Then from about 2011, we saw central banks make active use of their balance sheets, buying financial assets outright under what has become known as quantitative easing and in the process growing their balance sheets to sizes far beyond the pre-crisis norm. And since 2012, we have seen some central banks reduce their deposit rates below zero, thus breaking what was long believed to be the “zero lower bound” – in other words, the “iron fact” that interests rates could not go below 0%.
It may look as though central banks have been casting around, looking for anything that works. But in fact their various measures – first low interest rates and abundant liquidity, then QE, now a negative interest rates policy, or NIRP – have had one consistent goal: they have all been designed to revive the banking system and thereby allow it to help revive the economy.
NIRP has been introduced in the eurozone, Japan, Sweden, Denmark and Switzerland. There are theoretically two ways in which NIRP should work. First, negative interest rates should encourage banks to deploy their reserves with central banks, for example by spurring bank lending and risk-taking, and (where banks choose not to lend) by buying assets. The theory here is that any of these uses of the reserves is better for the bank than paying the central bank to warehouse them, and all of them are, other things being equal, stimulative for the economy.
Unfortunately, the evidence that NIRP works in any of these directions is as yet inconclusive.
The second way in which NIRP is supposed to work is by depreciating the currency. Here, the evidence is more mixed. There is clearly some impact on the currency from NIRP, but unfortunately, the evidence also implies that the effect is fleeting, and moreover, the more countries employ NIRP, the more difficult it is for any one country to use it to weaken its currency against everyone else’s. We cannot all devalue at the same time.
Meanwhile, there is one major negative side effect of negative interest rates. For there to be economic benefit to the wider economy from the central bank’s actions, banks must pass on the lower interest rates to their customers. They have, by and large, done this for their borrowers, though not yet to the extent of giving them negative rates. But they have found it difficult to pass negative rates through to their depositors.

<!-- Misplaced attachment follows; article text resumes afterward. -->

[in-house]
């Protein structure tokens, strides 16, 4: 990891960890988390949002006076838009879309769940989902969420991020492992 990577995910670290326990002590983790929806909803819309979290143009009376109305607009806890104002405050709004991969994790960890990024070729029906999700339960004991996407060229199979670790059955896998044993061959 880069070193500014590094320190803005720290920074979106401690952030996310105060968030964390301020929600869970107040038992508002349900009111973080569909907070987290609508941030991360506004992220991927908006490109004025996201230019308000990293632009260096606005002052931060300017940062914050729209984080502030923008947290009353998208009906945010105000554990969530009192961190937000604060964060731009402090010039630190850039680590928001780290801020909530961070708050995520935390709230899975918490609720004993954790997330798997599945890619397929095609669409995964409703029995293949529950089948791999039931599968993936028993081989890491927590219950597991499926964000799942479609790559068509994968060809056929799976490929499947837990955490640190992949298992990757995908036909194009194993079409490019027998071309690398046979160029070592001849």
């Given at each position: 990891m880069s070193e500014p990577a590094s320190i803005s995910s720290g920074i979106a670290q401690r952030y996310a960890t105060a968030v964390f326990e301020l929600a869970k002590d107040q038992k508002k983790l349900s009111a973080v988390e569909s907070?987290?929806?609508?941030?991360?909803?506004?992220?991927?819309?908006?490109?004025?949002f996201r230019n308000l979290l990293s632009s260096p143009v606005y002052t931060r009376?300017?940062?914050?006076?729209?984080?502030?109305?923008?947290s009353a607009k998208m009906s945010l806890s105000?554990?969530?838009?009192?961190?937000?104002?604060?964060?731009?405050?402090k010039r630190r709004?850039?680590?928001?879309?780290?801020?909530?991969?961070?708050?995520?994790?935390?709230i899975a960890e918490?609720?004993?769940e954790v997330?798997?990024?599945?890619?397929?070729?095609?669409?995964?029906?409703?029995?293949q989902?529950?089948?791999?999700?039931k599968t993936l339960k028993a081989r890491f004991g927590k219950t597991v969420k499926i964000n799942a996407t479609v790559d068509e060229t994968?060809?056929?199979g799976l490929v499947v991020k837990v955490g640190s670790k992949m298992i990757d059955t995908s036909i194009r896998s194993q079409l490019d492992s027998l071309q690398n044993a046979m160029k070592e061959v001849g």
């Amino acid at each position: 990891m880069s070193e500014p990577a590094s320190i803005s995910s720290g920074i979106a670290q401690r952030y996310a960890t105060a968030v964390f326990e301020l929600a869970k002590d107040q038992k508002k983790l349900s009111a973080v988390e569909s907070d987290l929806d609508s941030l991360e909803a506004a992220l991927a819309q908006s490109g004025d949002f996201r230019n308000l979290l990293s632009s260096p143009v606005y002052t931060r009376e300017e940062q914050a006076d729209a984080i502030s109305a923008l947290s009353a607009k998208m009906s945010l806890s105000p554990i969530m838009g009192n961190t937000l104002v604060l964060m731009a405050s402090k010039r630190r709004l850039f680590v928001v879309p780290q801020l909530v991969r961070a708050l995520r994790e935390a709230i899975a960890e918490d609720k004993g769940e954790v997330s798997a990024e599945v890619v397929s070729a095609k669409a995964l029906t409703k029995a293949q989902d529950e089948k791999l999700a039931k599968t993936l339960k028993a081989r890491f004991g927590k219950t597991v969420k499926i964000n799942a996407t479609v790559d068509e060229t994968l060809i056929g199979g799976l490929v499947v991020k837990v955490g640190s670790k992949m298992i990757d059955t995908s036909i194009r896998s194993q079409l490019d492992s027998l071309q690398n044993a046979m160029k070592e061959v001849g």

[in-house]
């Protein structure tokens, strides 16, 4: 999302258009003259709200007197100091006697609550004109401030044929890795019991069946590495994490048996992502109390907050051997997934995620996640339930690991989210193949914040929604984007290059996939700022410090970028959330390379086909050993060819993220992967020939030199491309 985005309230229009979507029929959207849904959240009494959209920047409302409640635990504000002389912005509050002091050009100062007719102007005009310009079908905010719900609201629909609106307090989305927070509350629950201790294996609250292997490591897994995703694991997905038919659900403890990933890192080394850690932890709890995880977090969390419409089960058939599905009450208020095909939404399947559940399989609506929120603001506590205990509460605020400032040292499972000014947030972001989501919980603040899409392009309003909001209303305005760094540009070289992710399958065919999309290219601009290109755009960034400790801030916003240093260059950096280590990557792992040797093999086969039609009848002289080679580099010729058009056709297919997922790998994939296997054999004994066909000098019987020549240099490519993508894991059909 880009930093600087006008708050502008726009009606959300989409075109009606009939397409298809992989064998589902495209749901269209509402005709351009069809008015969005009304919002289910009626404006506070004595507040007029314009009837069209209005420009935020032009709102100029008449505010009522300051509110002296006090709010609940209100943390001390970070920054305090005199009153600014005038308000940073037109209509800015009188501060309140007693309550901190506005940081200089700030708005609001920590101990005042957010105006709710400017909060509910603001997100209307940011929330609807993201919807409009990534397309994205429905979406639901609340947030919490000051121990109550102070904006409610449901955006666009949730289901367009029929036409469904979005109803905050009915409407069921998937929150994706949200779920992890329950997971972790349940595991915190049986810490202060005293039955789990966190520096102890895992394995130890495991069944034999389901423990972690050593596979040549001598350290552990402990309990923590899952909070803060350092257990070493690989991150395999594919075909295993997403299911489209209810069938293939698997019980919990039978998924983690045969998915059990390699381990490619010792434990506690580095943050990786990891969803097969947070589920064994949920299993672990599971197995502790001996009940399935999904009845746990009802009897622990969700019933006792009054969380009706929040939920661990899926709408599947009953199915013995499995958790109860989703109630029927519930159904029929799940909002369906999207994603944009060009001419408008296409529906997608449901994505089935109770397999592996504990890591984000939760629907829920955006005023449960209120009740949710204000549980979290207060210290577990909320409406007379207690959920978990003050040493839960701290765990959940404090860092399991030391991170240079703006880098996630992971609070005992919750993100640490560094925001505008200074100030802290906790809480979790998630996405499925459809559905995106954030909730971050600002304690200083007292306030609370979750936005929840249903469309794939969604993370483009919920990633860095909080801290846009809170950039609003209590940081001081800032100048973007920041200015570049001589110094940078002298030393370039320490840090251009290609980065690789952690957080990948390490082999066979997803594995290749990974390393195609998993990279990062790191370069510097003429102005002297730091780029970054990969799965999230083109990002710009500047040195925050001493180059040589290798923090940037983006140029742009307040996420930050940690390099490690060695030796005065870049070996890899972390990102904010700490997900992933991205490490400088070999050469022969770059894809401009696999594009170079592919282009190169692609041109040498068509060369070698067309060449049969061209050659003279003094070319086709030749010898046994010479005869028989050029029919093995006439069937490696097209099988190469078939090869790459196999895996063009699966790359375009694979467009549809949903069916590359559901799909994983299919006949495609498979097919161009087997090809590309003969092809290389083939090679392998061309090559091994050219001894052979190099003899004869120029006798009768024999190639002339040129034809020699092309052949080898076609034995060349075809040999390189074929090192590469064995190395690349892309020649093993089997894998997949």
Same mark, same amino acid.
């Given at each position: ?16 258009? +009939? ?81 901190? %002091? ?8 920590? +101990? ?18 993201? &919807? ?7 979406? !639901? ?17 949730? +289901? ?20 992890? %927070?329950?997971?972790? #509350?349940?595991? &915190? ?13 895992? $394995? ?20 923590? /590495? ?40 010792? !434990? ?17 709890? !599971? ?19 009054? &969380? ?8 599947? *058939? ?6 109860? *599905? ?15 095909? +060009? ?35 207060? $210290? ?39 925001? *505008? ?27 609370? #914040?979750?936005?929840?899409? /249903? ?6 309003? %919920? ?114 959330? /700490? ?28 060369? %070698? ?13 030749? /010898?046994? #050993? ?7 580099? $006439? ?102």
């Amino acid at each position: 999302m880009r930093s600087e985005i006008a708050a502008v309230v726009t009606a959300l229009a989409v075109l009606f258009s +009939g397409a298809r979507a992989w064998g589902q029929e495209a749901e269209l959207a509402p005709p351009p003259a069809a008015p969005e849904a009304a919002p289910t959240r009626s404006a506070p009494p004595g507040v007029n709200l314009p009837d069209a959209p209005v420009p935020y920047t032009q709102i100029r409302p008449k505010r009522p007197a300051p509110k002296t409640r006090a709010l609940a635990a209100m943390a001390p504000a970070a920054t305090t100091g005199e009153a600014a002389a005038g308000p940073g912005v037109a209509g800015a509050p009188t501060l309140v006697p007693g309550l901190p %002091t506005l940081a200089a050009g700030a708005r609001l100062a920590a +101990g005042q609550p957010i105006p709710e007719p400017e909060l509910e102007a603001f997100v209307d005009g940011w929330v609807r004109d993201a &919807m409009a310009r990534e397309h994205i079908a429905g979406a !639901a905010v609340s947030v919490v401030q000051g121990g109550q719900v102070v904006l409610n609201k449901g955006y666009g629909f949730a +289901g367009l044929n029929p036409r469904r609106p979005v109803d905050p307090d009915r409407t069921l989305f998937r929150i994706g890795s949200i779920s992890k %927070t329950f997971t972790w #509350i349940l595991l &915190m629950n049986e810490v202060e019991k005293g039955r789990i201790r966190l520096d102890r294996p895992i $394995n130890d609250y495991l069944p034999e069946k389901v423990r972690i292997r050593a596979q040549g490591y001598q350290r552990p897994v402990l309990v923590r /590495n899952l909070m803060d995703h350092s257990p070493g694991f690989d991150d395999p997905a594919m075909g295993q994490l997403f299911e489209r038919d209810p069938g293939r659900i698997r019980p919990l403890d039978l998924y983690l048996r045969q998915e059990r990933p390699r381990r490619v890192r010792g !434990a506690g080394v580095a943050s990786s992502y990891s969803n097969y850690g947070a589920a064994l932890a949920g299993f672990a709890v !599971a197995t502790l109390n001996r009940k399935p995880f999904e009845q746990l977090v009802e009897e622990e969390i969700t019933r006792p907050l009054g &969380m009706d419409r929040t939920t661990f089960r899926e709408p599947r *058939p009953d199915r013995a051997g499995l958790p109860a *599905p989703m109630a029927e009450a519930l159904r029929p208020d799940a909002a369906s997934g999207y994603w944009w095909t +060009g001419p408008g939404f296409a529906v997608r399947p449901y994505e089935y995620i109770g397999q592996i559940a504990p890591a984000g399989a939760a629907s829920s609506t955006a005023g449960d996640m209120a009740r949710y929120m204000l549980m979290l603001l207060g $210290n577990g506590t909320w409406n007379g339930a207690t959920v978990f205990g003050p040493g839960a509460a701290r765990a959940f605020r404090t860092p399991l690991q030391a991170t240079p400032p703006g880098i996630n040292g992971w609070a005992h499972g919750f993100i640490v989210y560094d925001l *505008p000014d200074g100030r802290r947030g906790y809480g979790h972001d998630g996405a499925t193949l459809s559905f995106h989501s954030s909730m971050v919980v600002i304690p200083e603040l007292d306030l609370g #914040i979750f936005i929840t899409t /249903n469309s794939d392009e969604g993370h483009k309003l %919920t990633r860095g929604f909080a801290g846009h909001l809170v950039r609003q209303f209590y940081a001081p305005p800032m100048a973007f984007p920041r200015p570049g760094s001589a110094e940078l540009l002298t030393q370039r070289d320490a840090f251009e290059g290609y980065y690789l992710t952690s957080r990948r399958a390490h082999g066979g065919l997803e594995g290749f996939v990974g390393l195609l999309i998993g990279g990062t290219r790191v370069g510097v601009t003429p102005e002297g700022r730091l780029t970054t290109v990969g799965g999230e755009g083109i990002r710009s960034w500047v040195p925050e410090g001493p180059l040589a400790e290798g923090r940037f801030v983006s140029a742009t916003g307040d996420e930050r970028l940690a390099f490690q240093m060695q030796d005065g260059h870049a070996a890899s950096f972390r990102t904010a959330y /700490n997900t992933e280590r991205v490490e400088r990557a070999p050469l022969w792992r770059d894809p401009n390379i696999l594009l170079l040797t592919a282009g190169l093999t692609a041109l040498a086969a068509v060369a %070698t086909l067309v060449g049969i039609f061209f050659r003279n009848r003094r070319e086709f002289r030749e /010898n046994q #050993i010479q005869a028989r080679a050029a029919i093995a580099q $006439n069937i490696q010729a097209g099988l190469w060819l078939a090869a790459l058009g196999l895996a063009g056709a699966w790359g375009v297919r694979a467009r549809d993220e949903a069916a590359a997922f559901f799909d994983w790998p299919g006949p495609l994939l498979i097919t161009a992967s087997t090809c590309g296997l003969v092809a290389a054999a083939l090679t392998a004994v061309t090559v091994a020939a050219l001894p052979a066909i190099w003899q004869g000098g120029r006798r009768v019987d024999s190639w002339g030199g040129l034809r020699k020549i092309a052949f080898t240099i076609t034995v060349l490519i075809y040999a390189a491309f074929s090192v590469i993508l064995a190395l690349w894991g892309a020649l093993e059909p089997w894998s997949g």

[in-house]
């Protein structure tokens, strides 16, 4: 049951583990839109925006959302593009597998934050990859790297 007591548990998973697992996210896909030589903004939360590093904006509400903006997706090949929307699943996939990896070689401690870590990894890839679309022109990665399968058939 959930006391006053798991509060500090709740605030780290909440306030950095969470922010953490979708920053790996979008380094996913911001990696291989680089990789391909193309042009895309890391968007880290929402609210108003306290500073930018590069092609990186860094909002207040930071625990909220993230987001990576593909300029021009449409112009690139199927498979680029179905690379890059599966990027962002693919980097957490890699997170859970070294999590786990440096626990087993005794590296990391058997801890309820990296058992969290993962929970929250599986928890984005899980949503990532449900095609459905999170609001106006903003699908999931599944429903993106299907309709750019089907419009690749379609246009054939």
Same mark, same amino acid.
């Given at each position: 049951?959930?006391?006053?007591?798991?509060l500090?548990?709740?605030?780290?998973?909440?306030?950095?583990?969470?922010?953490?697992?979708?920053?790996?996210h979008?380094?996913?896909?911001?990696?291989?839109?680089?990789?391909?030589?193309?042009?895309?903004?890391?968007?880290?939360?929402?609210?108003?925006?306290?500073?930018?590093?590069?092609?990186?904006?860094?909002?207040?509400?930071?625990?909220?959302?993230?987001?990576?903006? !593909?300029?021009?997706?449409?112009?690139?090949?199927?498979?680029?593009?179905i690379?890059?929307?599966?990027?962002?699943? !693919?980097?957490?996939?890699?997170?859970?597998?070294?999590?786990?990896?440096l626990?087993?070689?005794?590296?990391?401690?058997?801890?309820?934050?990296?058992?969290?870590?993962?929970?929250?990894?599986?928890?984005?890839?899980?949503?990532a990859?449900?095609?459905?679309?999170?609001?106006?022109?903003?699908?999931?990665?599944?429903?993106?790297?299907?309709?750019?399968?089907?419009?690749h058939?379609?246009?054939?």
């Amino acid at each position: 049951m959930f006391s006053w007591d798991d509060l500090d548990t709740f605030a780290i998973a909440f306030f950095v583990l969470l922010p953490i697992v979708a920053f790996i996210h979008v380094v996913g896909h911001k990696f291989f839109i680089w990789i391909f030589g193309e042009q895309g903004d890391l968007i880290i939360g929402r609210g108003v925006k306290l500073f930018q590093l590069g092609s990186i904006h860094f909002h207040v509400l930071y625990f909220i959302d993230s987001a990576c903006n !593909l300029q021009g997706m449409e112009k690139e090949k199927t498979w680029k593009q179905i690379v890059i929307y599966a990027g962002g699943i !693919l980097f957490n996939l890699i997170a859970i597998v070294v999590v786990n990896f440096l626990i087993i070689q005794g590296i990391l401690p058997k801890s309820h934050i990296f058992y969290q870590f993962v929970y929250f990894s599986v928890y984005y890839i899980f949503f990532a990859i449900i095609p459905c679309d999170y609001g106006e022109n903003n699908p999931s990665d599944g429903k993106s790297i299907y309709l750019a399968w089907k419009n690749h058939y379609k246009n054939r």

Households, in particular, have an aversion to paying banks for looking after their money, and any bank that chose to pass on negative interest rates to its retail depositors would quickly find its customers switching to banks that have not followed suit – or simply increasing their holdings of cash. But not passing on the negative rates means that the banks will suffer from reduced margins, which erodes their balance sheets and thus works counter to any hope of stimulating further growth of credit.
To put this another way, for monetary policy to be able to influence the real economy, the banks have to act as a conduit, passing the changes in interest rates through to their customers. An easing of monetary policy benefits the real economy only if the banks pass the lower rates through to ordinary people. If they do not, if the conduit is broken, then NIRP ceases to act positively on the real economy and starts acting negatively on the banking system.
This is arguably already happening. Hence the concern being expressed by various governments, most notably Germany’s, that current central bank policy is counterproductive and harmful for the banking system. And hence also the growing interest in a radical new proposal.
If the banking system conduit is not working, if even NIRP cannot help central banks add financial power to the economy, perhaps the authorities should ignore the banks altogether and make direct payments to consumers. This would be an important change of attack: the aim would be not “to revive the banking system and thereby allow the banking system to help revive the economy”, but to bypass the banking system almost completely.
This is the so-called “helicopter money” approach, in which money is directly credited to consumers’ bank accounts in a metaphorical “helicopter drop”. And arguably, we have already seen versions of helicopter money, in the “cash for clunkers” programme in the US and the compensation for mis-selling of payment protection insurance in the UK. Both of these were government-directed payments direct to consumers, in which reasonable amounts of money (a few thousand pounds or dollars) were given to a wide section of society, with, crucially, the majority of recipients likely to spend their windfall not save it.
The UK PPI repayment programme has so far credited consumers with over £22 billion – well over 1% of gross domestic product – and the majority of the money has been spent. It is not unreasonable to suggest that this extra consumption has proved very beneficial in reviving the UK economy since the crisis.
Change of attack
And so, with NIRP not working as hoped and causing collateral damage to the banking system, pressure on central banks to “move on” to the next policy is growing. Whether “helicopter money” is ever employed, let alone becomes mainstream central banking, remains to be seen. But one thing is clear. With economies still operating well under capacity and no sign yet of governments engaging seriously in fiscal stimulus, central banks do not have the luxury of doing nothing.
John Nugée was chief manager of reserves at the Bank of England